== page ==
How Trying To Be The Perfect Wife Hurt My Relationship

What may have appeared perfect from the outside was just one big mess on the inside.

From the moment I got engaged to be married for the first time, I waged a ridiculous—and tyrannical—battle for domestic supremacy. Once my then-husband and I crossed the threshold into our rented one-bedroom apartment after our wedding in March 1982, the honeymoon was over in terms of who would carry out the tasks related to that space.

We had a clear division of labor. But like the second George Bush (or maybe Mussolini), when it came to household chores, I was the decider, not he.

In an evil plan completely orchestrated by me, everything inside the house—mopping the floors, cleaning the toilets, dusting the furniture, doing the laundry, cooking nightly dinners, and cleaning up—was mine to take care of. Everything outside the house—basically the yard and the garage—was his. And I’m embarrassed to say the trajectory of my obsession only grew over the years, along with the square footage of the homes we owned.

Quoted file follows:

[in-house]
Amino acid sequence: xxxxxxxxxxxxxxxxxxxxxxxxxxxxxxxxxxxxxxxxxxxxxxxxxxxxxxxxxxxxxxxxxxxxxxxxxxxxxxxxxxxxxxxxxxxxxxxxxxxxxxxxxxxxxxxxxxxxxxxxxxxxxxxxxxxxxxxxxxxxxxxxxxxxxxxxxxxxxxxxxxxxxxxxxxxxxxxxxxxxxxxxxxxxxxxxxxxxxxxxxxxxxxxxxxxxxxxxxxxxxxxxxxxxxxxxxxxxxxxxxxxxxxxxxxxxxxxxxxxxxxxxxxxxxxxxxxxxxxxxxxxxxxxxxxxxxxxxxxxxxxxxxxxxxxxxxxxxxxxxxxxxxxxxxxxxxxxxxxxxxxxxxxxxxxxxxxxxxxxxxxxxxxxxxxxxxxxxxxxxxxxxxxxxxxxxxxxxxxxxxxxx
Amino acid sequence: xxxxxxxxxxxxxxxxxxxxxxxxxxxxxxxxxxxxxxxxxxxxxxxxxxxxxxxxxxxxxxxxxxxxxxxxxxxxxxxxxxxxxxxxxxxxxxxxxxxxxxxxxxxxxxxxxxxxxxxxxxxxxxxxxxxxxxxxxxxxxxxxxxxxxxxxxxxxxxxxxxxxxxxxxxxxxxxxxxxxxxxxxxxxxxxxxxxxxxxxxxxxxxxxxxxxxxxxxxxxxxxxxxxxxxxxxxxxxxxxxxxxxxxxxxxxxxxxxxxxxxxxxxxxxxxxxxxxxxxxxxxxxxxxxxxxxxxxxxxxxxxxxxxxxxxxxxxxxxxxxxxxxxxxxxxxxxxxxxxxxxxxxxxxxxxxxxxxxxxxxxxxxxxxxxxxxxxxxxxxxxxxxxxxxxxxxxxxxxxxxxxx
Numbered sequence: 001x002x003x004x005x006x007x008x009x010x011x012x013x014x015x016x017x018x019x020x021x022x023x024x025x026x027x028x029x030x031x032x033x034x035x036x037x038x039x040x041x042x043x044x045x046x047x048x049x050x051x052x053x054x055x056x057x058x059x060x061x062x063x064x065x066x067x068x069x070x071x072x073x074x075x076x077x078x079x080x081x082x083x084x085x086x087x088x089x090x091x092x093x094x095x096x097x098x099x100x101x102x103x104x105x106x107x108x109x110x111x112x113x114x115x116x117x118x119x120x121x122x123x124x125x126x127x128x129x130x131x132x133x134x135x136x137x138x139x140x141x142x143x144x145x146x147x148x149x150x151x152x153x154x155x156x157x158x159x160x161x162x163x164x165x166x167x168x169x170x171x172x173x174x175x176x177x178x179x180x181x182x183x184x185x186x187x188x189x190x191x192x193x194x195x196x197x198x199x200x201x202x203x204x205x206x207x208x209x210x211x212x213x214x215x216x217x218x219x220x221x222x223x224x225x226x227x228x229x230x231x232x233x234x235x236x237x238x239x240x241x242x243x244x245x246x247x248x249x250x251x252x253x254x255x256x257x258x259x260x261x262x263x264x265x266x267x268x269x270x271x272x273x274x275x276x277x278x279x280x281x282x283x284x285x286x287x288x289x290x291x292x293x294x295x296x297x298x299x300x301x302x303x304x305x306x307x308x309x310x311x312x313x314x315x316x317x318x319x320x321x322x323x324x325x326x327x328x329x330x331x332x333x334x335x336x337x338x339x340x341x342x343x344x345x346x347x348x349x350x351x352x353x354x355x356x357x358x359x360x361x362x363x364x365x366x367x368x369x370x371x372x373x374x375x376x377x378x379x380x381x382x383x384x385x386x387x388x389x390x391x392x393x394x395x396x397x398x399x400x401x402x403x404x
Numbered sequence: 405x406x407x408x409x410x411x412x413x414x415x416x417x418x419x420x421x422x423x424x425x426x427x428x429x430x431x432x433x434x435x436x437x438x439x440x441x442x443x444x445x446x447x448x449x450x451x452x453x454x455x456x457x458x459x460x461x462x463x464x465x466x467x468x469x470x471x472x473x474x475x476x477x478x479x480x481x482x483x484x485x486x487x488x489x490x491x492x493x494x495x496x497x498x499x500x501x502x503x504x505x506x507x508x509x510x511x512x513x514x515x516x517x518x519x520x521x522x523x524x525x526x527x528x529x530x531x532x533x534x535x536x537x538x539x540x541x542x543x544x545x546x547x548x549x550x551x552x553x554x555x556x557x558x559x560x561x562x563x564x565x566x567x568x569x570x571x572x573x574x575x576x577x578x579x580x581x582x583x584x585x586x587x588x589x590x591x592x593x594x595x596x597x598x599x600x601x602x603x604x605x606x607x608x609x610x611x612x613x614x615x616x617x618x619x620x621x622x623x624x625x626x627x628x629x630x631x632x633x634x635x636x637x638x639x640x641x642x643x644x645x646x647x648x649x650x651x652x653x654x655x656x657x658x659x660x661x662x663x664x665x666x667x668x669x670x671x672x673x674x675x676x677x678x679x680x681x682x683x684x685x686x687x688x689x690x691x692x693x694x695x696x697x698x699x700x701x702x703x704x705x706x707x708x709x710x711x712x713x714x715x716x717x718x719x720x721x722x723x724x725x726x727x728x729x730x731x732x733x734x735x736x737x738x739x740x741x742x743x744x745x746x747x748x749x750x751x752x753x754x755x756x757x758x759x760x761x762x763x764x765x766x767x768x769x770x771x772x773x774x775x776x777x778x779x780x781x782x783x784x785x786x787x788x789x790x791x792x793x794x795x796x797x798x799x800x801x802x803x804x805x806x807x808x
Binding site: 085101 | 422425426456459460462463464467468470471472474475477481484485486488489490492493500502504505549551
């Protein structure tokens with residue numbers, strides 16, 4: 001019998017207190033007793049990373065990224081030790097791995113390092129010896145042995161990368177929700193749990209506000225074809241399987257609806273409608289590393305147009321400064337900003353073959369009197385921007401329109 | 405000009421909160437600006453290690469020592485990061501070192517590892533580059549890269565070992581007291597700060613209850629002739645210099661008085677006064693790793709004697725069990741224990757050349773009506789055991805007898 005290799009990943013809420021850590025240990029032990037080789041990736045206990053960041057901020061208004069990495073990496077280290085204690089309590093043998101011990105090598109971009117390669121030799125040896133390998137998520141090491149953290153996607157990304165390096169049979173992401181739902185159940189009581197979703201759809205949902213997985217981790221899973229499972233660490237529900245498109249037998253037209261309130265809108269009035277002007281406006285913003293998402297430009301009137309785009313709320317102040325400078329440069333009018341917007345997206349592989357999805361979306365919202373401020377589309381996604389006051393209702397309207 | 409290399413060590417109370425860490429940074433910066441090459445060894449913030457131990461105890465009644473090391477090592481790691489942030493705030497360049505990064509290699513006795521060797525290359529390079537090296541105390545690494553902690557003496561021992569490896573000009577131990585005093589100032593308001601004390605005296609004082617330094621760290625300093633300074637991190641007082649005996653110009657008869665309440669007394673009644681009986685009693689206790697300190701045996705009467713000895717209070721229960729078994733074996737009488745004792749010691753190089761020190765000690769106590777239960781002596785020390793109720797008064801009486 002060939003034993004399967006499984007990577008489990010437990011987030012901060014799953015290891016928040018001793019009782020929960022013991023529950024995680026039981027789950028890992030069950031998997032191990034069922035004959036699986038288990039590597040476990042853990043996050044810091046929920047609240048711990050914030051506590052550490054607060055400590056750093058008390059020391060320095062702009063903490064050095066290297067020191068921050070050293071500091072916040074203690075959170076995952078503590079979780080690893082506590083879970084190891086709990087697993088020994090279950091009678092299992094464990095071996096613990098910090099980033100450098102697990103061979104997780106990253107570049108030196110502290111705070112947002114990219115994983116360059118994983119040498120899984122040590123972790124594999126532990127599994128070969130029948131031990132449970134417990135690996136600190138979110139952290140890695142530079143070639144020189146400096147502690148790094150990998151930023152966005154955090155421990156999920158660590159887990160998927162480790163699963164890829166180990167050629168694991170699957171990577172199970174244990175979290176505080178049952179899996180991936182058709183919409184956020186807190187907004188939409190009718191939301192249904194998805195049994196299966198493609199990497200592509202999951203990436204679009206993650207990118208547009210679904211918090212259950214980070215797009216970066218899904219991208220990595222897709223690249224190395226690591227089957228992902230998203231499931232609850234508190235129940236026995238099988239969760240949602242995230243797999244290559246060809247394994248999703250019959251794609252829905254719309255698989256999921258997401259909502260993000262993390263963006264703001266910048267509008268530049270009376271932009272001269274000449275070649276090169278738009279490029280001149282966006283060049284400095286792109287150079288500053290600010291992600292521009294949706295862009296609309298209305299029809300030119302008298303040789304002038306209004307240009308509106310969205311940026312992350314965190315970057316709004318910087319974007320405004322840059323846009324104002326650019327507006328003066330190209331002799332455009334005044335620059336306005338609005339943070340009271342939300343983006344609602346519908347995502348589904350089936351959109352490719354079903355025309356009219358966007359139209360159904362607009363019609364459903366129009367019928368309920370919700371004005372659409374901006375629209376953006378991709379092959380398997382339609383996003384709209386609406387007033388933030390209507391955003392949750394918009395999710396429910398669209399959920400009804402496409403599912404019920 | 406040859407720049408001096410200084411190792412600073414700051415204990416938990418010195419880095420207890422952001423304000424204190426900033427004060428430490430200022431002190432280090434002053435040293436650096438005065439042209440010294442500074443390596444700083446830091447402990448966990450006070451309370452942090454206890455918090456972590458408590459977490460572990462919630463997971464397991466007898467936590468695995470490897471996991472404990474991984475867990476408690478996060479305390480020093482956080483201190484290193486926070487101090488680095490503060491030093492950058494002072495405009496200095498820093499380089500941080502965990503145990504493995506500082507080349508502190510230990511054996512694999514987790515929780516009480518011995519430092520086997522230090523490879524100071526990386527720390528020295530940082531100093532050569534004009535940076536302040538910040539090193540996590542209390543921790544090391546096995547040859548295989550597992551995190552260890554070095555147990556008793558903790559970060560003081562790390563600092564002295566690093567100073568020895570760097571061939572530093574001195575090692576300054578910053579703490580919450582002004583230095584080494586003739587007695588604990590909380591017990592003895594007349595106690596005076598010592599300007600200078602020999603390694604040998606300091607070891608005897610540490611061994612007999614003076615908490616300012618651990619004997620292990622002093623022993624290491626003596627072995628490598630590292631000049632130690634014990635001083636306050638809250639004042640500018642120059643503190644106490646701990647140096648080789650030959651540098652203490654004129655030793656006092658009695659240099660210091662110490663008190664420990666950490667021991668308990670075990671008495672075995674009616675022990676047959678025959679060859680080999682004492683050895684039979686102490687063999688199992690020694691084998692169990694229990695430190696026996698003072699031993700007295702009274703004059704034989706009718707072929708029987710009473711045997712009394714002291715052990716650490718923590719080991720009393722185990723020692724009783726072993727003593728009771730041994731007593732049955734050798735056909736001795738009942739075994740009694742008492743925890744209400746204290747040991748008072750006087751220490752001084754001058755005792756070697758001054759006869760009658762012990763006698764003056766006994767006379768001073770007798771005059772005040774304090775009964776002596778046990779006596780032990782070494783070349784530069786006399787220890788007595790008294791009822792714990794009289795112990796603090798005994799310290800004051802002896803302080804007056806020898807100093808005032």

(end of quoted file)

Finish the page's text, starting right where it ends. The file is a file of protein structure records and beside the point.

Sure, I noticed that my older sister and her husband were going more the 50-50 route: He made supper once in a while, while she pushed the lawn mower, and each was responsible for one of the two bathrooms in their one-level ranch-style house in the suburbs of Portland. Jenny was always the gender equity standard-bearer in our family, after all. Things had to be equal.

In my youthful self-righteousness and naivete, though, I figured I was better than that. I wasn’t going to make my husband swish Ty-D-Bol around in a commode if he didn’t want to. What self-respecting bride would inflict that indignity on her groom?

But the truth was, I didn’t give him a choice—I took over, making the various rooms in which I wielded my formidable womanly power my exclusive territory. And so began a two-decades-long dedication to the misguided idea that if something domestic needed doing, I was the one who had to do it.


Today, though, from the vantage point of a much more open and egalitarian second marriage—and the confines of the couch from which I’m resting a badly-broken ankle—I look awfully silly in hindsight.